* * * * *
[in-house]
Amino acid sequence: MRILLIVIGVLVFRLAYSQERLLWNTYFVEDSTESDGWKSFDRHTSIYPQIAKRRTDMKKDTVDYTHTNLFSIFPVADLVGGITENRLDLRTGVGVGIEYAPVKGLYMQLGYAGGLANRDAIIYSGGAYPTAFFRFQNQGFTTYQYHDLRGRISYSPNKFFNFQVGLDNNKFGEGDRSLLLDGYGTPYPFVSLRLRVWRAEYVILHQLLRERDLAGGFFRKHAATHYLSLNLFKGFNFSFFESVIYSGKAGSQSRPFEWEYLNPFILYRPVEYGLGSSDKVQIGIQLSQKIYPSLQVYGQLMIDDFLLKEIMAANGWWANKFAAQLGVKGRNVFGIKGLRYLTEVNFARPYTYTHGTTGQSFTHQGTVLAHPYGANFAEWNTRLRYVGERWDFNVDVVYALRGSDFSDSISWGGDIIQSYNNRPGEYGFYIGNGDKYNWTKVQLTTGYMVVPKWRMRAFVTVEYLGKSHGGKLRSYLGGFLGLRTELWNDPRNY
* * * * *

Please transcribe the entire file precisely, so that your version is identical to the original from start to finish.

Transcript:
[in-house]
Amino acid sequence: MRILLIVIGVLVFRLAYSQERLLWNTYFVEDSTESDGWKSFDRHTSIYPQIAKRRTDMKKDTVDYTHTNLFSIFPVADLVGGITENRLDLRTGVGVGIEYAPVKGLYMQLGYAGGLANRDAIIYSGGAYPTAFFRFQNQGFTTYQYHDLRGRISYSPNKFFNFQVGLDNNKFGEGDRSLLLDGYGTPYPFVSLRLRVWRAEYVILHQLLRERDLAGGFFRKHAATHYLSLNLFKGFNFSFFESVIYSGKAGSQSRPFEWEYLNPFILYRPVEYGLGSSDKVQIGIQLSQKIYPSLQVYGQLMIDDFLLKEIMAANGWWANKFAAQLGVKGRNVFGIKGLRYLTEVNFARPYTYTHGTTGQSFTHQGTVLAHPYGANFAEWNTRLRYVGERWDFNVDVVYALRGSDFSDSISWGGDIIQSYNNRPGEYGFYIGNGDKYNWTKVQLTTGYMVVPKWRMRAFVTVEYLGKSHGGKLRSYLGGFLGLRTELWNDPRNY